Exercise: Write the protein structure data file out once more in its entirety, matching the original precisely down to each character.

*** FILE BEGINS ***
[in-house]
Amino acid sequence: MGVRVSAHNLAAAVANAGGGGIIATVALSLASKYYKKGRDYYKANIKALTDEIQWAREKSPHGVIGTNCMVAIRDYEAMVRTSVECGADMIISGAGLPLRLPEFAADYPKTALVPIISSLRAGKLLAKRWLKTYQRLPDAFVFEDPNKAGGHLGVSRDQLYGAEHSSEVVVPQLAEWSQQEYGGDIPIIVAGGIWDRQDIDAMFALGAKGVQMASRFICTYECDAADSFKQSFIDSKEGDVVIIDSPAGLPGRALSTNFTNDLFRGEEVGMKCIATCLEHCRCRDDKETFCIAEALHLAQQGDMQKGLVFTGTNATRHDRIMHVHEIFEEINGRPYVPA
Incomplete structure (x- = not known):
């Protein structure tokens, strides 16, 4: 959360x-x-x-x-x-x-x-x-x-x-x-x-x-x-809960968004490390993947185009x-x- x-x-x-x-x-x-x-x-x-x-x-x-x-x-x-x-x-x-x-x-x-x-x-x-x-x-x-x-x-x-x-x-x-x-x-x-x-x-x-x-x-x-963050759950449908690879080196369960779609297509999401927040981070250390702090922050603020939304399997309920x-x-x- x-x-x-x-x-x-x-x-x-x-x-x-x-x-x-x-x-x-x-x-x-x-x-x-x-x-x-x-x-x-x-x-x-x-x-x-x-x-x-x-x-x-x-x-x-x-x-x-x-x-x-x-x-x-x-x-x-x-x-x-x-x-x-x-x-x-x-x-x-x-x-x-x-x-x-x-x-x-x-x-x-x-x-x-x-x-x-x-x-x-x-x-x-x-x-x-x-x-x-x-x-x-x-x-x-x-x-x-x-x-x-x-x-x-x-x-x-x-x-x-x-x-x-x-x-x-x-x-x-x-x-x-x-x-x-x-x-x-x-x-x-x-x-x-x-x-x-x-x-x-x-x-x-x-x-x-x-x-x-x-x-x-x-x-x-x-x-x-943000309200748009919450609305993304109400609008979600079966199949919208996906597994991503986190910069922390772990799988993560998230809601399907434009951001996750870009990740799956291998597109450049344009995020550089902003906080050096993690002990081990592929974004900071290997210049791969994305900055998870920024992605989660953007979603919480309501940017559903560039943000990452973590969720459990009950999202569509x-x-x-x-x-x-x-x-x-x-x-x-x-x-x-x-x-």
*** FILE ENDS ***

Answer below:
[in-house]
Amino acid sequence: MGVRVSAHNLAAAVANAGGGGIIATVALSLASKYYKKGRDYYKANIKALTDEIQWAREKSPHGVIGTNCMVAIRDYEAMVRTSVECGADMIISGAGLPLRLPEFAADYPKTALVPIISSLRAGKLLAKRWLKTYQRLPDAFVFEDPNKAGGHLGVSRDQLYGAEHSSEVVVPQLAEWSQQEYGGDIPIIVAGGIWDRQDIDAMFALGAKGVQMASRFICTYECDAADSFKQSFIDSKEGDVVIIDSPAGLPGRALSTNFTNDLFRGEEVGMKCIATCLEHCRCRDDKETFCIAEALHLAQQGDMQKGLVFTGTNATRHDRIMHVHEIFEEINGRPYVPA
Incomplete structure (x- = not known):
């Protein structure tokens, strides 16, 4: 959360x-x-x-x-x-x-x-x-x-x-x-x-x-x-809960968004490390993947185009x-x- x-x-x-x-x-x-x-x-x-x-x-x-x-x-x-x-x-x-x-x-x-x-x-x-x-x-x-x-x-x-x-x-x-x-x-x-x-x-x-x-x-x-963050759950449908690879080196369960779609297509999401927040981070250390702090922050603020939304399997309920x-x-x- x-x-x-x-x-x-x-x-x-x-x-x-x-x-x-x-x-x-x-x-x-x-x-x-x-x-x-x-x-x-x-x-x-x-x-x-x-x-x-x-x-x-x-x-x-x-x-x-x-x-x-x-x-x-x-x-x-x-x-x-x-x-x-x-x-x-x-x-x-x-x-x-x-x-x-x-x-x-x-x-x-x-x-x-x-x-x-x-x-x-x-x-x-x-x-x-x-x-x-x-x-x-x-x-x-x-x-x-x-x-x-x-x-x-x-x-x-x-x-x-x-x-x-x-x-x-x-x-x-x-x-x-x-x-x-x-x-x-x-x-x-x-x-x-x-x-x-x-x-x-x-x-x-x-x-x-x-x-x-x-x-x-x-x-x-x-x-x-943000309200748009919450609305993304109400609008979600079966199949919208996906597994991503986190910069922390772990799988993560998230809601399907434009951001996750870009990740799956291998597109450049344009995020550089902003906080050096993690002990081990592929974004900071290997210049791969994305900055998870920024992605989660953007979603919480309501940017559903560039943000990452973590969720459990009950999202569509x-x-x-x-x-x-x-x-x-x-x-x-x-x-x-x-x-």